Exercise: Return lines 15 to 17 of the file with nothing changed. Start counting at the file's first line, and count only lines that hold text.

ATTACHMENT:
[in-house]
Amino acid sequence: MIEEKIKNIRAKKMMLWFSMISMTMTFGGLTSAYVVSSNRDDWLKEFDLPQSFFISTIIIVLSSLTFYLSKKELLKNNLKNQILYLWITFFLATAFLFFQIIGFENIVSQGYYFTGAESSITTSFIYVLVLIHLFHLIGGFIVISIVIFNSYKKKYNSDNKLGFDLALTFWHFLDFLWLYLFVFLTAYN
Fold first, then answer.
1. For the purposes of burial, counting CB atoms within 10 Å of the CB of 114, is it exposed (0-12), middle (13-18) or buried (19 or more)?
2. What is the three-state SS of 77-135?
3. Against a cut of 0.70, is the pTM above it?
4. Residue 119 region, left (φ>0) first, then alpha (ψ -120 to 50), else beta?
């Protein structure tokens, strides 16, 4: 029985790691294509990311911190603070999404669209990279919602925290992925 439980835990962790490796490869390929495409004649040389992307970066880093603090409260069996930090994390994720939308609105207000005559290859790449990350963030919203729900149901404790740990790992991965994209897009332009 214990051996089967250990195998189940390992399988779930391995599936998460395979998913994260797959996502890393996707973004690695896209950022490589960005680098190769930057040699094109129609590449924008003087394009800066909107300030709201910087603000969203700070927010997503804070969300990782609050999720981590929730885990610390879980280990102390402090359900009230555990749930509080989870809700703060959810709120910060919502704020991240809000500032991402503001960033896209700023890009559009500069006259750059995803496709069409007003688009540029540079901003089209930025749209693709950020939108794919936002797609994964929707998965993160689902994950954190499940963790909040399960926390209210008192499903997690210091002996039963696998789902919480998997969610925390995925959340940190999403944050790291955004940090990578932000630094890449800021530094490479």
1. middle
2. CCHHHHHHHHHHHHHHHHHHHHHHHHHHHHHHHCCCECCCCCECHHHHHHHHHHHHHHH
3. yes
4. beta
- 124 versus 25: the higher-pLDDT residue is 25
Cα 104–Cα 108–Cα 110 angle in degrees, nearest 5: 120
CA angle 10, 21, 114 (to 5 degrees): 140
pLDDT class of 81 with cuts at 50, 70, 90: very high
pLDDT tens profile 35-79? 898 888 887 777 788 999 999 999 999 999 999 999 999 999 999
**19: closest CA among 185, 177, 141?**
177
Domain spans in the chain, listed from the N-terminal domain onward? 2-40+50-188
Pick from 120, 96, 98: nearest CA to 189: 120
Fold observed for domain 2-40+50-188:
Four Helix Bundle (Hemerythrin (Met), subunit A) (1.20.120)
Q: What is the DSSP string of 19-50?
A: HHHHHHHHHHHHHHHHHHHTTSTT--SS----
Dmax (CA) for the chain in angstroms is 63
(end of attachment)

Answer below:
CA angle 10, 21, 114 (to 5 degrees): 140
pLDDT class of 81 with cuts at 50, 70, 90: very high
pLDDT tens profile 35-79? 898 888 887 777 788 999 999 999 999 999 999 999 999 999 999